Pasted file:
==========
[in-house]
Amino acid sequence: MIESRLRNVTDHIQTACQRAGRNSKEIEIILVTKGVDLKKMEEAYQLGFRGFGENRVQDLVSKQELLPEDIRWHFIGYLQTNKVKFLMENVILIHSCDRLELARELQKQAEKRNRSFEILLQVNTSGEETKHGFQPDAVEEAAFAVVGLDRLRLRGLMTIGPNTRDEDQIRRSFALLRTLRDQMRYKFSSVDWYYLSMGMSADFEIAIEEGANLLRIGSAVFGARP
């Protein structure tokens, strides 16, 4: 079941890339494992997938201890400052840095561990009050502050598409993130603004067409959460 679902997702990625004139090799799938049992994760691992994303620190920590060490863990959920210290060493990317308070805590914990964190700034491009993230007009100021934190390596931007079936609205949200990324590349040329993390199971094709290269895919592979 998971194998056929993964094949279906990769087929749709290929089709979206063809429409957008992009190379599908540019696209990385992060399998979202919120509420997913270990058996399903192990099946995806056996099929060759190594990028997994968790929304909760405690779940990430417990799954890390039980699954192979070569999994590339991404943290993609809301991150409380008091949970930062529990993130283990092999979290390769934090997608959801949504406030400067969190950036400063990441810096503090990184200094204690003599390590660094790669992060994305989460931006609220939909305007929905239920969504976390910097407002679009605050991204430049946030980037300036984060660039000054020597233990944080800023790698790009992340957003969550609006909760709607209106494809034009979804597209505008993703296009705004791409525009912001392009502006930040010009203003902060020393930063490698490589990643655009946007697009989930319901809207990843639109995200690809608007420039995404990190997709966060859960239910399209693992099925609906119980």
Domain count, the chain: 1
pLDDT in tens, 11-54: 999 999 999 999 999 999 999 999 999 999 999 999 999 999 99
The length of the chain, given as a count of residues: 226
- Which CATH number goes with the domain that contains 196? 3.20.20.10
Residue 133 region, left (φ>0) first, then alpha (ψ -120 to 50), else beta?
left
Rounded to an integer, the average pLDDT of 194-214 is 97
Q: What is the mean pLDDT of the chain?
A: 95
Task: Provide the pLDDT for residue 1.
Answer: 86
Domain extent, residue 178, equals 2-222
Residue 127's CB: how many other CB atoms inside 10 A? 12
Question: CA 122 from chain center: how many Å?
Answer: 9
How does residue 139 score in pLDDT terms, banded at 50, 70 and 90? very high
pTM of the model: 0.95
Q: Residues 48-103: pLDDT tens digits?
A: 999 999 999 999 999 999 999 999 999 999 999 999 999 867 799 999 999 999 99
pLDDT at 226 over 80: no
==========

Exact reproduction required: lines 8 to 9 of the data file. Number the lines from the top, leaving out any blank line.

Residue 133 region, left (φ>0) first, then alpha (ψ -120 to 50), else beta?
left